A shrink wrapper’s role in protecting the pizza and the business’s profitability does not stop once the product leaves the packaging line. In fact, it only gets more important. The goal of these machines is to preserve the item in film, and strong reliable seals are critical to ensuring package integrity. Holes in the wrapping open up the pizza to any number of contaminants, making it unsafe and unsellable. To sustain their business, frozen pizza manufacturers need to be confident that their shrink wrapper will properly shield the products throughout the distribution process.

Even pizzas that will be placed in a box before going to the shelf benefit from a secure wrapping job. An unwrapped pizza in a chipboard box allows toppings to fall off the pizza during transit, storage and display. Shrink film secures those toppings to the pizza and preserves that important customer impression.

Out for delivery

In addition to quality, a good seal and shrink can have an impact on the product’s appeal to a customer. The best wrapping job is one that the customers don’t even think about. They see the label and the delicious-looking item, take a look to make sure the price is reasonable and put it in their cart.

A bad wrap hijacks that entire decision-making process. Instead of seeing the pizza, all a shopper will be looking at are the ugly seals on top of the package, loose film and sloppy toppings. This bad impression will almost always drive them to choose another option and likely tarnish their overall opinion of the brand.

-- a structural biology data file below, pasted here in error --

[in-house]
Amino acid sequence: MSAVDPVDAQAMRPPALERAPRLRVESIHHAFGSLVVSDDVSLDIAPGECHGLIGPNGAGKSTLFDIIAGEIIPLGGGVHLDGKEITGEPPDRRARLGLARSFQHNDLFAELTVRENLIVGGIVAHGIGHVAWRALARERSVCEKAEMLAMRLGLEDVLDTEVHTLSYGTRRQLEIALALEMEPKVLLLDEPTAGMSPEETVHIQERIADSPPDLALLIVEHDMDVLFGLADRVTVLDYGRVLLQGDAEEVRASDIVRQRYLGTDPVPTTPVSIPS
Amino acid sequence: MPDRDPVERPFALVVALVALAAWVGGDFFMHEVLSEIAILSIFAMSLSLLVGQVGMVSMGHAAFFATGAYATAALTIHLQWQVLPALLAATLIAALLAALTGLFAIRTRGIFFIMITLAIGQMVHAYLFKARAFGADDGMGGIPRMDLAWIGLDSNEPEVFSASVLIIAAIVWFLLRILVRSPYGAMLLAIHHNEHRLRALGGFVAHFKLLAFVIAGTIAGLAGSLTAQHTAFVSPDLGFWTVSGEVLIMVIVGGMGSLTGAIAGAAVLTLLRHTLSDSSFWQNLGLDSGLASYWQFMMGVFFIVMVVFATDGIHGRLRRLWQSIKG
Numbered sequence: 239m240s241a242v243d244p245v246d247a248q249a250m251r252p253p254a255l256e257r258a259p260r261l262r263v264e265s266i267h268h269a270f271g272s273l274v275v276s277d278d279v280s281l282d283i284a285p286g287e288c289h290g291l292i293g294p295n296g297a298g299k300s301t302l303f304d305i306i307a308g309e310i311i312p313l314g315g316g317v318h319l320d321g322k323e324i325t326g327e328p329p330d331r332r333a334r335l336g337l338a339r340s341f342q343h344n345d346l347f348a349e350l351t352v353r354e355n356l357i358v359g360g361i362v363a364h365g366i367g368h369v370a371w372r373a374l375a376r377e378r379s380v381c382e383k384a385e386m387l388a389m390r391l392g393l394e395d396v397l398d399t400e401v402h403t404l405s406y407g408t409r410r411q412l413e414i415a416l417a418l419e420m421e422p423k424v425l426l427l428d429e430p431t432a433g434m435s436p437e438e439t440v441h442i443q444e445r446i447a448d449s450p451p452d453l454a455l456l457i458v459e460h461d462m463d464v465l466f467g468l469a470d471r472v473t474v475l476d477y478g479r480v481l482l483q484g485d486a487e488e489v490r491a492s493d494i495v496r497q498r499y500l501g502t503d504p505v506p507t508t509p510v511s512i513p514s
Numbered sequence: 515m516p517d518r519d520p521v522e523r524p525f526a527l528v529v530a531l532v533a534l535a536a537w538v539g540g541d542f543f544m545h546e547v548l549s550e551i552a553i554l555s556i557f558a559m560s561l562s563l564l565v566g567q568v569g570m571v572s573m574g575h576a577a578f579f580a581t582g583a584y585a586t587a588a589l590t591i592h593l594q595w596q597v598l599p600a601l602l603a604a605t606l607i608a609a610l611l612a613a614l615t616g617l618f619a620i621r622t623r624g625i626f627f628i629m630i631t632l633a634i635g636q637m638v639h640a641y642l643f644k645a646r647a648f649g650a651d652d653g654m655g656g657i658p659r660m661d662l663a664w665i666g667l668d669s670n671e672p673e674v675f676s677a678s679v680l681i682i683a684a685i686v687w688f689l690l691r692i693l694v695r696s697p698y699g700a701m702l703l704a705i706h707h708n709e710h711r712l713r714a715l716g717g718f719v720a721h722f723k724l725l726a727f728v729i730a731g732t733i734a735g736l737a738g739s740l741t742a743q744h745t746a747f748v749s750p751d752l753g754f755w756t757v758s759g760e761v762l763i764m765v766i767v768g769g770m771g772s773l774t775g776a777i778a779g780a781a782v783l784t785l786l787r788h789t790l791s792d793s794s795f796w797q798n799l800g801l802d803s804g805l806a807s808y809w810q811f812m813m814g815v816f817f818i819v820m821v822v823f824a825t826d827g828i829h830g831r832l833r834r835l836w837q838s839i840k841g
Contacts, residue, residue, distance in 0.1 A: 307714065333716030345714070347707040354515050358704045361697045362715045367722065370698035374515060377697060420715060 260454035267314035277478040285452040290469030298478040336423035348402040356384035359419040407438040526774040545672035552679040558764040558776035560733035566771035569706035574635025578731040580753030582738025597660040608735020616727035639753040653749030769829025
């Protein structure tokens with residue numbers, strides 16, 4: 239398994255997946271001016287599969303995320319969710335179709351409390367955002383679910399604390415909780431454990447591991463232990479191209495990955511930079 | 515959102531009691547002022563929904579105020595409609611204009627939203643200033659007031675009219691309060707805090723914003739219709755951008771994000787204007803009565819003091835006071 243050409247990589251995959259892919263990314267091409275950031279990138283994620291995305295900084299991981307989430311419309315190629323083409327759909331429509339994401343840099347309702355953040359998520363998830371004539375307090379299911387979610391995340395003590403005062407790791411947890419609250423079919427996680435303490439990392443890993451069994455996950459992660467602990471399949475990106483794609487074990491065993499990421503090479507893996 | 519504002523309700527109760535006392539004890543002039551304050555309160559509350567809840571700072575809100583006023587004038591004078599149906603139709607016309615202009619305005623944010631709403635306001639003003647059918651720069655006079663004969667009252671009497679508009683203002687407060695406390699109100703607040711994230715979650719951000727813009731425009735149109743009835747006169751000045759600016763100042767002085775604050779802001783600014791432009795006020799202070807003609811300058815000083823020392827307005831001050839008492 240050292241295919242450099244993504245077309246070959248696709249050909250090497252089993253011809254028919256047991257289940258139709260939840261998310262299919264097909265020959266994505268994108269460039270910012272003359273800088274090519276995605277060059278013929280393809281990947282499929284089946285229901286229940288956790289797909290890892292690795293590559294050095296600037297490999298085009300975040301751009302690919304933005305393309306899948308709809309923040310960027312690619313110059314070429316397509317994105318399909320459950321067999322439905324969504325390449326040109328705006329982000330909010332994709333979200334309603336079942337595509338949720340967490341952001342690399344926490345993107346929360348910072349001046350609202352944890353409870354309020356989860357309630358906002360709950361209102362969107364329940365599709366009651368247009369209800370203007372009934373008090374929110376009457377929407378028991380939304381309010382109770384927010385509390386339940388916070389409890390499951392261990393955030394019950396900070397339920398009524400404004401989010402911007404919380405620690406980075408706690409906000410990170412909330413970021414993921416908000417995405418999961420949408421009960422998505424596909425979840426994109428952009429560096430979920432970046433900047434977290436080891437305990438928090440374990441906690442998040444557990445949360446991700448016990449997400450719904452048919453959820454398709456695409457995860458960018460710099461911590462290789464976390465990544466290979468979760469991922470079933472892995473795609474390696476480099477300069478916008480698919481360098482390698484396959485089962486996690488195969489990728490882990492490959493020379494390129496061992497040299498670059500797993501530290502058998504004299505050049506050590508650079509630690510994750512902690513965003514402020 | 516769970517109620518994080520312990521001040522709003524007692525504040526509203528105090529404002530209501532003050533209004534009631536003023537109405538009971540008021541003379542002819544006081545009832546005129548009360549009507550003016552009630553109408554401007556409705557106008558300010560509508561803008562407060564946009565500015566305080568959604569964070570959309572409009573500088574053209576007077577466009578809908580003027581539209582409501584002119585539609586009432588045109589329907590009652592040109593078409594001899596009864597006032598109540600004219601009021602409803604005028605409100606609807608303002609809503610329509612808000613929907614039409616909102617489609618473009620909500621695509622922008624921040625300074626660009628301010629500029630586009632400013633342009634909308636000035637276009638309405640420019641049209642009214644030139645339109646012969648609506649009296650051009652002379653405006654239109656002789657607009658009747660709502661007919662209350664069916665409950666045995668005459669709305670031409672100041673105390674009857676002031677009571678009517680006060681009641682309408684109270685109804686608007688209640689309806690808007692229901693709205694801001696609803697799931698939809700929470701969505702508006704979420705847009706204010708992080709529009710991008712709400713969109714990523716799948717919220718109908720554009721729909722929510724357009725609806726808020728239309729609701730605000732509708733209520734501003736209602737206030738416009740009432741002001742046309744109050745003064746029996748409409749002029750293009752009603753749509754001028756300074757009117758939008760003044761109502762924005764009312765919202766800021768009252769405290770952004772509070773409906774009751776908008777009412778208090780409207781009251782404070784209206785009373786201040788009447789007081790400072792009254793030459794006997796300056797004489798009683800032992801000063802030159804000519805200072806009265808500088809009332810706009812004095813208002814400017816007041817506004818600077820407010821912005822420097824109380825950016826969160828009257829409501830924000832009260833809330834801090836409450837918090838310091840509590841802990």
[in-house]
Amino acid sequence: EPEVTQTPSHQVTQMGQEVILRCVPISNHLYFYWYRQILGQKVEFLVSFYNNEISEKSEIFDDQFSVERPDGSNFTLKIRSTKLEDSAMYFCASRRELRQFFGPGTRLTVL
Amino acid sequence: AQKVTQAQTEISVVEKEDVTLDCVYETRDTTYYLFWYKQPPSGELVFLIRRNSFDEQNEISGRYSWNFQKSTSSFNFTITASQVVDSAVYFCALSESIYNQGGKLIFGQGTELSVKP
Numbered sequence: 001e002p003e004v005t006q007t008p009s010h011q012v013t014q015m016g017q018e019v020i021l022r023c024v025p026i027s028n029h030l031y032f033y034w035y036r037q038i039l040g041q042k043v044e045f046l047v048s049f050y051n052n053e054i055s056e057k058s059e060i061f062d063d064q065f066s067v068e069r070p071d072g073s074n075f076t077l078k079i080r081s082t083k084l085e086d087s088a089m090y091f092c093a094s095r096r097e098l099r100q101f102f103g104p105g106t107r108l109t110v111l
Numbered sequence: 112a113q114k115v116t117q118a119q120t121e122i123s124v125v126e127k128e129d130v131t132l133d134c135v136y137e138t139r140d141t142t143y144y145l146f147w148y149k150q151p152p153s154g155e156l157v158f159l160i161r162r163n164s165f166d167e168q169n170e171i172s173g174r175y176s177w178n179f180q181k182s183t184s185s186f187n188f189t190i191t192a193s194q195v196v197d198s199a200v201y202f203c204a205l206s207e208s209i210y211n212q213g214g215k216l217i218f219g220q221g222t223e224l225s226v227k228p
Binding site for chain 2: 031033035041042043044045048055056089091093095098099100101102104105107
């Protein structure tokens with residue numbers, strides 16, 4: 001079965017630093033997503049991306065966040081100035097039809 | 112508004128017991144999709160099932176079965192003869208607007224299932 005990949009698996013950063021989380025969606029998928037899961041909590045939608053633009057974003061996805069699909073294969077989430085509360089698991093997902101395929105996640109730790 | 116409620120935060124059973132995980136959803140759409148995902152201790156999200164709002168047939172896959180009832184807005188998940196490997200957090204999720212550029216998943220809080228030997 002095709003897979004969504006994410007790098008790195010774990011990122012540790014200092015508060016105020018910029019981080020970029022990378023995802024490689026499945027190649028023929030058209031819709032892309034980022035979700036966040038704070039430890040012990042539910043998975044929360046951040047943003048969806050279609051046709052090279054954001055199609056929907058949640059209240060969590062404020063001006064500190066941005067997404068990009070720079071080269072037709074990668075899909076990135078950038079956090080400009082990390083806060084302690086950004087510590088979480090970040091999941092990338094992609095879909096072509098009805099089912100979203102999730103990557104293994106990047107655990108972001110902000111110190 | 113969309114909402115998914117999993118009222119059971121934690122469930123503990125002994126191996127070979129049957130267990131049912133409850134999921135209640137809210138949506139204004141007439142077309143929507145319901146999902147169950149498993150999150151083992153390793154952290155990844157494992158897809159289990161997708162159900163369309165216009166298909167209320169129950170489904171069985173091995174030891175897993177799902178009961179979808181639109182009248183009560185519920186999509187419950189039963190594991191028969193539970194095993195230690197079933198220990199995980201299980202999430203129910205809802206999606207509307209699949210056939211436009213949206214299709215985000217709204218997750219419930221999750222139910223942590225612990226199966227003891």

There’s more to a well wrapped pizza than meets the eye. For example, ideally film should cover the pizza without wrinkles. Pizzas have a low profile, usually less than an inch in height, as they travel the packaging conveyors. When shrink film shrinks in the tunnel, it first balloons up and pulls excess film to the top of the package. This makes it very difficult to consistently shrink the film and put the seals on the sides or bottom of the package, so they are not visible from the top face.  A shrink-wrapping machine with a seals-down option for the tunnel helps eliminate this quality concern. Though there are no functional issues with bunching and film seals on top of the product, it distorts the look of the package in a negative way and can turn away customers.

Visual appeal is also an area where the function of shrink wrapping cannot be replaced by a box. Many of those cardboard boxes have windows to give customers a peek at the product, so the same visual issues that apply to pizzas that are just shrink wrapped are true of pizzas that are also boxed. Even if the box completely covers the film, the purchaser will still see it eventually. Hiding an ugly wrapping job or toppings that have fallen off until after the pizza is out of the box may net the business a purchase, but the customer’s opinion will most likely still be negatively impacted.

No matter how the frozen pizza is ultimately processed and presented to the customer, a secure shrink-wrapping job is paramount to getting it there.

About the Author

Brian Dennis is the Southeast Regional Sales Manager for Texwrap (www.texwrap.com). He can be reached at brian.dennis@promachbuilt.com.